Beliefs About Other-Regarding Preferences in a Sequential Public Goods Game
AbstractExperimental evidence is used to deduce players' beliefs about their opponents' concern for others. The experiment is a sequential public good provision game with a provision point and two different refund rules. A theory is constructed to show how early contributions should change with the refund rule depending on the first mover's beliefs about subsequent players' other-regarding preferences. The evidence rejects the hypothesis that early players believe that their opponents are inequality averse and also rejects the hypothesis that early players are concerned with security. The evidence is consistent with beliefs in spite, reciprocity, or a concern for security. (JEL H41, C90, D63, D64) Copyright 2005, Oxford University Press.
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Bibliographic InfoArticle provided by Western Economic Association International in its journal Economic Inquiry.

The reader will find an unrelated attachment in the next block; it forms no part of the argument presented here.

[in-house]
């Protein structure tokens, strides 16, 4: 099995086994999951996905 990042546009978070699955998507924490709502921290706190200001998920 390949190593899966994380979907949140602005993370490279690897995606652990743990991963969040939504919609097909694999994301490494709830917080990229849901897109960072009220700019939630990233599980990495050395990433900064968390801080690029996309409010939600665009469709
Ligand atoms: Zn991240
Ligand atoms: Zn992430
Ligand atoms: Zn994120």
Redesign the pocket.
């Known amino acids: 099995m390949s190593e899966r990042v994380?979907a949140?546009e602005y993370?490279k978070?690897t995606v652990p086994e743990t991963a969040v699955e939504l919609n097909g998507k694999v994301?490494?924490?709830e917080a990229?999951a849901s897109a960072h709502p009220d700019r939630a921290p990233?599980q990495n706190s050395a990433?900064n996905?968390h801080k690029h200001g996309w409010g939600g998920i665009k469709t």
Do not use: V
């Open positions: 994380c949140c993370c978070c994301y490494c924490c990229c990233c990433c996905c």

Volume (Year): 43 (2005)
Issue (Month): 3 (July)
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Find related papers by JEL classification:
- H41 - Public Economics - - Publicly Provided Goods - - - Public Goods
- C90 - Mathematical and Quantitative Methods - - Design of Experiments - - - General
- D63 - Microeconomics - - Welfare Economics - - - Equity, Justice, Inequality, and Other Normative Criteria and Measurement
- D64 - Microeconomics - - Welfare Economics - - - Altruism; Philanthropy
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